The COVID situation in Australia has become a bit precarious. Today, Victoria clocked up 459 cases and 10 deaths. NSW managed another 14 cases.
From what seems to be a catastrophic failure of hotel quarantine, coupled with a variety of other factors, some places in our country stand at a tipping point. You can follow along on our national broadcaster’s coronavirus blog here.
But still, across social media, I see people ranting about ‘my rights.’ They flout social distancing conventions, congratulate themselves for not wearing a mask when directed to do so, and in some cases, deny that there’s even a pandemic. Some, I suspect, simply believe that COVID-19 will not cause them any issues, should they catch it themselves.
I find all of this inexplicable. It’s not a conspiracy. People are sick. The death rate varies from place to place, but only because in some places the health system has not yet been overwhelmed. It appears that infection for some people will result in months of illness, and in some cases, life long disability. It’s far from the simple respiratory illness that some people seem to think it is.
I’ve heard people say: “Oh, it’s only a bad flu.” I suspect those people have never had influenza. I have. And I never want to have it again. COVID-19 is most definitely worse than that – but not for all, I do understand that, it’s an incredibly variable illness. But in the end the statistics speak for themselves. Most days, I check out the world stats on the Johns Hopkins site. The numbers are gobsmackingly huge.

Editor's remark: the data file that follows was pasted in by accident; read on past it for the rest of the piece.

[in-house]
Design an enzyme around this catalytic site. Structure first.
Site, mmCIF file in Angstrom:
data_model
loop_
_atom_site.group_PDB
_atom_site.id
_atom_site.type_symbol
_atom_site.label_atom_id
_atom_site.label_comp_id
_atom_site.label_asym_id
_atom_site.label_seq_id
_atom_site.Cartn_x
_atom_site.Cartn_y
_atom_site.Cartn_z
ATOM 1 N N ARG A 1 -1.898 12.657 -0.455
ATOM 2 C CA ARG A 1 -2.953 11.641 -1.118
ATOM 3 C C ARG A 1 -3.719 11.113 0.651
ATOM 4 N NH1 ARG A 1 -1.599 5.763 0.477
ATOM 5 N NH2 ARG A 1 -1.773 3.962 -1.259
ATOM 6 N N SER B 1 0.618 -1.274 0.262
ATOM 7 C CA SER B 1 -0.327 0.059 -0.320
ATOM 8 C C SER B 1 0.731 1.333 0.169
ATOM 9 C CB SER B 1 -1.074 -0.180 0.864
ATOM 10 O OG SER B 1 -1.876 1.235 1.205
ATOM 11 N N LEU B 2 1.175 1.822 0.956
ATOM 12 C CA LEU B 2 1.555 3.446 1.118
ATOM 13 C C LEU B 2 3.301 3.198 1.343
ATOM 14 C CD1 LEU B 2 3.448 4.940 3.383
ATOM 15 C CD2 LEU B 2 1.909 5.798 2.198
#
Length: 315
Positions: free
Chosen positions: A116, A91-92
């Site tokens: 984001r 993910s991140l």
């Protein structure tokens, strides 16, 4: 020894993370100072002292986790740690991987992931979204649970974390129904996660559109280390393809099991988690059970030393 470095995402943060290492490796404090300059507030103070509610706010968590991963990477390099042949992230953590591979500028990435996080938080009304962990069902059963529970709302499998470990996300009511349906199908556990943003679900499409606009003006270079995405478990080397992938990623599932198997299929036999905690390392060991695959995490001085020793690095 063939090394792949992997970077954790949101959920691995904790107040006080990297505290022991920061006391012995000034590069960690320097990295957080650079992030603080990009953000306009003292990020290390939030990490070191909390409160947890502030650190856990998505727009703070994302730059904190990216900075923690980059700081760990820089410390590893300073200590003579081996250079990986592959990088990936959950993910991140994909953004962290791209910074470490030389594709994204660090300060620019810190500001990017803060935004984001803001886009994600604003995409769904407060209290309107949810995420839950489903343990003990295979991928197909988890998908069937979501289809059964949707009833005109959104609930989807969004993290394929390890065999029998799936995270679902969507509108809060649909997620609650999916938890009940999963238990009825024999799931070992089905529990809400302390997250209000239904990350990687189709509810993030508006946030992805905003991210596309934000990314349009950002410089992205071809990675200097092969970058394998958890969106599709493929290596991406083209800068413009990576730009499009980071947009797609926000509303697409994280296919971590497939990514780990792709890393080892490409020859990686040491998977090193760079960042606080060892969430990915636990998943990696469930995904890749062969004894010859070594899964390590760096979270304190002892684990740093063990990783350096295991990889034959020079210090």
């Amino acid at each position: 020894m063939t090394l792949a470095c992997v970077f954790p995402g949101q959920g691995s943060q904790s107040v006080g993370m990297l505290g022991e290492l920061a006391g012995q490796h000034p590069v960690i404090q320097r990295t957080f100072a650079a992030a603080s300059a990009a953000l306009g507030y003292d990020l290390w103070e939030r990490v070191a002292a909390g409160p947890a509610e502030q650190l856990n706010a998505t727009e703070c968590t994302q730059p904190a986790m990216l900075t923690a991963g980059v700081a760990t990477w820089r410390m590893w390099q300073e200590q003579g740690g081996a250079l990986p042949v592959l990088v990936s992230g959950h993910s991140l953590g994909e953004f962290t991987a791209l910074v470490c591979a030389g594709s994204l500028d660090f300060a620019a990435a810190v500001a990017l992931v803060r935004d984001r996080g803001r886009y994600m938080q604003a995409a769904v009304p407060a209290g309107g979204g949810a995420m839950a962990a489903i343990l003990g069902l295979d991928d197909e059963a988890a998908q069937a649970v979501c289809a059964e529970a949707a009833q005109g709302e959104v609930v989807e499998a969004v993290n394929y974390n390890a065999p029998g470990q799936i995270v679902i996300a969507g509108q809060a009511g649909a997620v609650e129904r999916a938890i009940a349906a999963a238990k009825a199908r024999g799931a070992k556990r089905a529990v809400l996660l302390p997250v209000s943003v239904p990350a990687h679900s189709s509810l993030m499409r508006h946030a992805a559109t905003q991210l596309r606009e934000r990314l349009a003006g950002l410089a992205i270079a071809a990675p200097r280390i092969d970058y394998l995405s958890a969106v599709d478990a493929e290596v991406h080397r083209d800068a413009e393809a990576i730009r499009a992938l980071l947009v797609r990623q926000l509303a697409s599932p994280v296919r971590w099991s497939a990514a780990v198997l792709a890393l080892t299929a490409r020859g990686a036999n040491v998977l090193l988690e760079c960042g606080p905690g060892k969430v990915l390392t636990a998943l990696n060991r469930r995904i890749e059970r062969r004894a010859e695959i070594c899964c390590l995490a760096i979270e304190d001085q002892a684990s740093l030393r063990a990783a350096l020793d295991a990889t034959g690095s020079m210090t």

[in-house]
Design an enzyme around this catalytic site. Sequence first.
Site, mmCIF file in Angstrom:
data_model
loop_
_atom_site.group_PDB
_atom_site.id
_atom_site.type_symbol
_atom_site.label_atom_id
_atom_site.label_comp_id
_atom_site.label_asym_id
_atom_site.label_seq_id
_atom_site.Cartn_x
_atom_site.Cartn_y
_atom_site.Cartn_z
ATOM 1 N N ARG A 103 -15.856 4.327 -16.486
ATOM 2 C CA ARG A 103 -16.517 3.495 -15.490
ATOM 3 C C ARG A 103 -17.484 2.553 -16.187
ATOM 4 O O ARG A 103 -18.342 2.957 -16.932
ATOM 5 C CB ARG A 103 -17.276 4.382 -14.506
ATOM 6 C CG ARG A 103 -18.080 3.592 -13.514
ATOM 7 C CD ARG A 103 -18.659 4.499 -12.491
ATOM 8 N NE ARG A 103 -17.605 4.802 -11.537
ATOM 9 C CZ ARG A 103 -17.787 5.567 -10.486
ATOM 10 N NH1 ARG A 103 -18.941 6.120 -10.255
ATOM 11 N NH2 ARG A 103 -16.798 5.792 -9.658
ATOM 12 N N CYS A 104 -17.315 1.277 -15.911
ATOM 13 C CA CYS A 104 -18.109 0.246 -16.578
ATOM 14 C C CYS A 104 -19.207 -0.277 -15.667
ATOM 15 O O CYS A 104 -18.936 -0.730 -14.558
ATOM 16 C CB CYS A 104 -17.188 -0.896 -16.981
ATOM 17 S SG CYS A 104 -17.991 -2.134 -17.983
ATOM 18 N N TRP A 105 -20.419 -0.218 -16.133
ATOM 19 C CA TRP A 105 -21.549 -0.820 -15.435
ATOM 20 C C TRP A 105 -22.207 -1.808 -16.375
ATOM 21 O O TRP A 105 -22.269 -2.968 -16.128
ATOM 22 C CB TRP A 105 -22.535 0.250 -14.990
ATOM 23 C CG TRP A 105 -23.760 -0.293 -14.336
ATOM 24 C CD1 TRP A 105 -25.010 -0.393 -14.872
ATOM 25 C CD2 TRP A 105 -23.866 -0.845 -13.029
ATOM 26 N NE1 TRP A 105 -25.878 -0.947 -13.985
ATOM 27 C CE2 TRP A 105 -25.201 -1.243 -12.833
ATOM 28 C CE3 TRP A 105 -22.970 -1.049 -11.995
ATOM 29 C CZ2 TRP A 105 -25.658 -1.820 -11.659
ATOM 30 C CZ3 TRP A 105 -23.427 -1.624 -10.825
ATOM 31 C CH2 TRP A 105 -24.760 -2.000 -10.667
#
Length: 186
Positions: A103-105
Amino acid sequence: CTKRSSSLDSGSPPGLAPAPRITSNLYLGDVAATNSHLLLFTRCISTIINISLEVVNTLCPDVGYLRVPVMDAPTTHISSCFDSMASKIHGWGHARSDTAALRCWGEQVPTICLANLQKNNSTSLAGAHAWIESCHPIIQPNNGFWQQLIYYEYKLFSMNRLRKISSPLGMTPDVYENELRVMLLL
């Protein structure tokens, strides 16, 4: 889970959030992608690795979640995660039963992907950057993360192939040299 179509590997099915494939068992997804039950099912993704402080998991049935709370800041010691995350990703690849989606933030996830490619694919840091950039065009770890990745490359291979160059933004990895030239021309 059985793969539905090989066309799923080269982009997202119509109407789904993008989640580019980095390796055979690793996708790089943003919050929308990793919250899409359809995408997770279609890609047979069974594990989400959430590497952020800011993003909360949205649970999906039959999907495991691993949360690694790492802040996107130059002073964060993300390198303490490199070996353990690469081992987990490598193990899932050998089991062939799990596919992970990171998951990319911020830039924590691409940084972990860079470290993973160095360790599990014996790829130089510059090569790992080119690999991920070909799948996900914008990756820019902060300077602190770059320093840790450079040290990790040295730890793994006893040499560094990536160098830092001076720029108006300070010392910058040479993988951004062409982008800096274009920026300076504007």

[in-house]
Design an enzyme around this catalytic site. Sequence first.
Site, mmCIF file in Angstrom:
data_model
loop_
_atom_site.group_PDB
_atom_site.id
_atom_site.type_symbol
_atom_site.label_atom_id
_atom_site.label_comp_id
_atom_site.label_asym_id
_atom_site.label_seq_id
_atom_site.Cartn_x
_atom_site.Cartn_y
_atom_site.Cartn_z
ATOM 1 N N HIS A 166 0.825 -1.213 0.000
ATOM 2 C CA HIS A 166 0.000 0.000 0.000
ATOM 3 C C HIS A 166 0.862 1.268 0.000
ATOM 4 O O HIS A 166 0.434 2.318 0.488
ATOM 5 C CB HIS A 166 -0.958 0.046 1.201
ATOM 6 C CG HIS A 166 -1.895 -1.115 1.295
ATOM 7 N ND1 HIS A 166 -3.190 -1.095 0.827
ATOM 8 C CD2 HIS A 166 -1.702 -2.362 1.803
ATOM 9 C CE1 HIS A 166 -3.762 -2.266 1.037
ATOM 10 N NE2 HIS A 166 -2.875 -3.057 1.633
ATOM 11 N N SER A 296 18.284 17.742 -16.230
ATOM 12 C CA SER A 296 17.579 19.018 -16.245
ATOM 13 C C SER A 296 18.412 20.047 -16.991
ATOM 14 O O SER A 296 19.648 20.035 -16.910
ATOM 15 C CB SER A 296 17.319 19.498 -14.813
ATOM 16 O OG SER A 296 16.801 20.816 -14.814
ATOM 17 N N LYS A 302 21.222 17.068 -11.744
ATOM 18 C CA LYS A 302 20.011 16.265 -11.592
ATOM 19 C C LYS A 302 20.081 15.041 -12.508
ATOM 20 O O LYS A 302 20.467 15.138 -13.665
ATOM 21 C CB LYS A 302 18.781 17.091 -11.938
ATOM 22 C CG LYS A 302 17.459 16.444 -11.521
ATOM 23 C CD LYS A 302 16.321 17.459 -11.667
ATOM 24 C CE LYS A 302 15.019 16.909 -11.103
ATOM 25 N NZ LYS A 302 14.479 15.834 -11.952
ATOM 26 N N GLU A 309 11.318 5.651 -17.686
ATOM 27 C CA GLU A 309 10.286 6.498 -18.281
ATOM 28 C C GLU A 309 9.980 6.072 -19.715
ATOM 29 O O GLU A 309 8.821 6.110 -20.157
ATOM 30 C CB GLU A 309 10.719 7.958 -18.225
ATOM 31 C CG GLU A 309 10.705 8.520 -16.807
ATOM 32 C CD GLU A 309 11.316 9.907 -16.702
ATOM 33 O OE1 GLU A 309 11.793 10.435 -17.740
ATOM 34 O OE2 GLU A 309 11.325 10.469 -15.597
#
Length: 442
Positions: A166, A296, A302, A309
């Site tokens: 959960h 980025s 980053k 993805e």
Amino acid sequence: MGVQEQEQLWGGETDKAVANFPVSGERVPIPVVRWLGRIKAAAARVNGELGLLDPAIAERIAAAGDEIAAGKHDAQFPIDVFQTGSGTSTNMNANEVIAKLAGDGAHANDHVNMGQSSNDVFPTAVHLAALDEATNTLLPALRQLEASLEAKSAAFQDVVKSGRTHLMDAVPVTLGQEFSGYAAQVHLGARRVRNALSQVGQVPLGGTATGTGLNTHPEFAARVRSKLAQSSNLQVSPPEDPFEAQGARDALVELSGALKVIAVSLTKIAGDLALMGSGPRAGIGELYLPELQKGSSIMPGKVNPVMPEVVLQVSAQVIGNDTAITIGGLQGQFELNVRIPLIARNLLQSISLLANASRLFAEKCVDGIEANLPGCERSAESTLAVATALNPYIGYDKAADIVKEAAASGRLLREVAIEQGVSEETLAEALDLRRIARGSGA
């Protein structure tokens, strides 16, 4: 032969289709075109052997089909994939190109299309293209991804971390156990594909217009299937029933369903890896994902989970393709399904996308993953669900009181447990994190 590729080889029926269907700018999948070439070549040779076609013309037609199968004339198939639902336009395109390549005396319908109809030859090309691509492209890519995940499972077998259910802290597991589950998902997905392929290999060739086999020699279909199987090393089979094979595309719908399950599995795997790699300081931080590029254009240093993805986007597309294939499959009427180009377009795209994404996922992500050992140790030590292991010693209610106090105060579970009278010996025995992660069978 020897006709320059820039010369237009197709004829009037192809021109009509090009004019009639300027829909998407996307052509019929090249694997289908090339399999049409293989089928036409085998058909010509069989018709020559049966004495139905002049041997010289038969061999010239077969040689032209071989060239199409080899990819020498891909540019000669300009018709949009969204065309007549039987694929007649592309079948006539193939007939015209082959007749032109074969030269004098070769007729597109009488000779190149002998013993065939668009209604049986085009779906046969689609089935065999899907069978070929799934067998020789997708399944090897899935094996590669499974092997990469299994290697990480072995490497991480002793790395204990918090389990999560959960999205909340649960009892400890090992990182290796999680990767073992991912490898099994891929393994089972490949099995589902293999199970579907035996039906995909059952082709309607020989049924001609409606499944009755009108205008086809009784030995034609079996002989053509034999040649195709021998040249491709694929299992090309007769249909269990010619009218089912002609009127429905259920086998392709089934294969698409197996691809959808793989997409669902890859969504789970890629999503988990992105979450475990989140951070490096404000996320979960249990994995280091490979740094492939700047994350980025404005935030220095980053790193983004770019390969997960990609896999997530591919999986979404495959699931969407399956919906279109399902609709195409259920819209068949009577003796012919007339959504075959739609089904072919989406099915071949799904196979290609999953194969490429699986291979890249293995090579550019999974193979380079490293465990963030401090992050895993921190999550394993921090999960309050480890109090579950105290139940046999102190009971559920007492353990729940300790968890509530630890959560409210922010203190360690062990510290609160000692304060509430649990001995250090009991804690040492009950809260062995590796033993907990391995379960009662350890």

And while it has not personally impacted on myself or my family, so far – in terms of illness I mean – I now know people whose family members have had COVID-19. And at least one nearly didn’t make it.
While I’ve heard a lot about rights, I haven’t heard a lot about personal responsibility.
Perhaps people who want to do whatever they want are just louder. Or angrier, or something that I don’t understand.
Because I often think about responsibilities during this pandemic.
It is my responsibility to work safely so that my patients are kept safe.
It is my responsibility to wash my hands frequently.
It is my responsibility to use hand sanitiser when asked.
It is my responsibility to keep my distance in social situations.
It may well be my responsibility to wear a mask. (Currently we don’t have a directive to wear one, and in our rural community, as far as we are aware, there is no community transmission, but we can be requested to do so, and I can choose to do so, in certain situations where distancing cannot be kept.) I have no problem in doing so should our public health orders require it. In fact, I am currently daily awaiting the order to do so.
It is my responsibility to leave my name and phone number in restaurants, places of worship, and cafes.
And why is it MY responsibility? It is my responsibility because I am part of a community, and it’s not all about me. If I focus on other people, and the ways my actions contribute to keeping them safe, then all of this takes on a new meaning. If I focus on the fact that I would hate to make anyone else sick, then doing the right thing follows on naturally.
So please, no matter what you want, take the time to think of others. Make <i>them</i> the motivator for your actions. Don’t focus on what you think of as your rights, but remind yourself that your family, friends and neighbours also have a right not to be sick – and you can help them by taking responsibility, and for doing the right things.